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Magnetic Knife Bar (magnetism question)

SanityRemoved Jul 20, 2010 08:02 PM

Currently I store my knives on a magnetic knife bar mounted inside a cupboard. Like some of you, the addiction results in the need for more storage space. Unfortunately I haven't been able to find any magnetic knife bars 10 inches or under in which to mount on the other two interior walls of the cupboard. The easiest option in my mind is to get a magnetic knife bar as small as I can and then saw off enough of the bar to make it fit and possibly drill a new mounting hole. My only worry is that there may be a degradation of the magnet's strength. Has anyone attempted this? Those with scientific knowledge of magnets and magnetism can help dust the rust off my brain because I can't remember all the physical ways to harm a magnet.

  1. r
    rtms Jul 20, 2010 08:36 PM

    I'm not sure about magnetizing kitchen knives by storing them with magnetic bars but I'll offer a suggestion. It might be difficult to cut the metal and the magnet.

    Lee Valley Tools (Canadian on-line store...love it!) has a magnetic knife bar with the magnets hidden inside a wooden bar (go to the website to look at the picture....www.leevalley.com 12K18.90). You could buy a beautiful piece of wood drill out depressions and glue rare earth magnets inside and then secure the wooden bar to your cupboard door. Space the magnets far enough apart so that your knives don't touch. Good Luck

    1. Chemicalkinetics Jul 20, 2010 09:23 PM

      I took my physic quiet some time ago. I am not 100% sure of your concerns. Are you worry that you may de-magnetize or realign the magnetic field of the magnet? You probably don't need to worry about it. It is not easy to do so unless you heat it up hot or bang the heck out of it.

      I think you will have greater problems of cutting the magent which is made out of metal and often brittle. In other words, you need a strong tool to cut the magnet and you need to cut it clean or it will fracture as you cut it. Drilling a hole through a thin magnet seems difficult (if that is what you are thinking) because you may crack it as you drill it.

      1 Reply
      1. re: Chemicalkinetics
        SanityRemoved Jul 21, 2010 11:43 AM

        Yes the concerns were of losing the magnetic strength to hold the knives securely. I have a circular saw with a metal cutting blade( it's an abrasive disc, no teeth to make a mess) that I'm sure can cut through it.

      2. alanbarnes Jul 20, 2010 10:14 PM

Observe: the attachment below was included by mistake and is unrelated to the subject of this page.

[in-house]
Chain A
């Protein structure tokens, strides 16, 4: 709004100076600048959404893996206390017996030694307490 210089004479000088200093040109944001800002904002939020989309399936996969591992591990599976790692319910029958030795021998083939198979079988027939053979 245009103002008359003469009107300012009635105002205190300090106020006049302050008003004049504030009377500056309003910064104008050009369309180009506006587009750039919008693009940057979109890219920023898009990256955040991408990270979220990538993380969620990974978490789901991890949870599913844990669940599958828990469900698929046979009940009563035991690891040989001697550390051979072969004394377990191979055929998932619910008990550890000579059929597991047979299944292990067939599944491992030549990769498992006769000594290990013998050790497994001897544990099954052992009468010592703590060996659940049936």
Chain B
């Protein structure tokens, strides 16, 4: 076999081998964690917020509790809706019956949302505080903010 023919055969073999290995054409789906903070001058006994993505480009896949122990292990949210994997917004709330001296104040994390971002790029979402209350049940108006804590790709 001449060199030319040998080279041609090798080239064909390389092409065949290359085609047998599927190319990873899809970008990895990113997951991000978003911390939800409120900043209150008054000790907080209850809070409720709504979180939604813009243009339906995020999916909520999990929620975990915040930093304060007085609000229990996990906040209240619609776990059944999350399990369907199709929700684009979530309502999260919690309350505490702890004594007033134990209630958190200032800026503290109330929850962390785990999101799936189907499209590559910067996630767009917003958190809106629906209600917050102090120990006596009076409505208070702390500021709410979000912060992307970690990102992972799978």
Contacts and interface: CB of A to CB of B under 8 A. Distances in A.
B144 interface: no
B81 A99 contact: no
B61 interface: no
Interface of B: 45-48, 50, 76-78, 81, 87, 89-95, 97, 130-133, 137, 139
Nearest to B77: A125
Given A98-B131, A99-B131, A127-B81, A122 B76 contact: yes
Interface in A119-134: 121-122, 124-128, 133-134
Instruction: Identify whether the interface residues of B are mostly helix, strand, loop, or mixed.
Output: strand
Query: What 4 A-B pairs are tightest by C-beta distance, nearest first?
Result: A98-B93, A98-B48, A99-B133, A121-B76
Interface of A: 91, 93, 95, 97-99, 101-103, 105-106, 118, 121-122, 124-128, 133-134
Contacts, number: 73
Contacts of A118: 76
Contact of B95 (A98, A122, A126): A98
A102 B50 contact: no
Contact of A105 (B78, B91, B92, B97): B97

I've done it. It works with no adverse effect on the magnet's strength.

        You'll need a way to cut through the magnet. A chop saw with a metal cutoff blade is probably your best bet, although a hacksaw and a lot of patience would do the trick, too. When you're making a new mounting hole, drill through the plastic, not the magnet itself.

        Also - rather than cutting down two smaller knife bars, consider getting a single 18-20" unit and cutting it in half - that way a single cut will give you two new knife bars - one for each side wall of the cabinet.

        1 Reply
        1. re: alanbarnes
          SanityRemoved Jul 21, 2010 11:46 AM

          Thanks Alan that's great to know. I thought of doing one longer one also and splitting it into two. Initially I thought I would save money if it didn't work on a smaller one but a larger one should prove to be more economical.

        2. Robin Joy Jul 21, 2010 01:35 AM

          Would mounting it at an angle, rather than horizontally, get round the space issue? Vertically might look good.

          5 Replies
          1. re: Robin Joy
            r
            rainey Jul 21, 2010 09:04 AM

            I have mounted a magnetic knife block upside down underneath my cabinet for my veggie prep area. Works great -- it's out of sight but conveniently within reach. The space underneath a cabinet isn't very deep so I have the paring and utility knives that I use constantly up there rather than long bread knives, santukos and chefs knives. Those are in an in-drawer block along with the non-metal ceramic blades. But I suppose rather than mounting the bar from side to side, you could mount it back to front so there was room for long knives as well.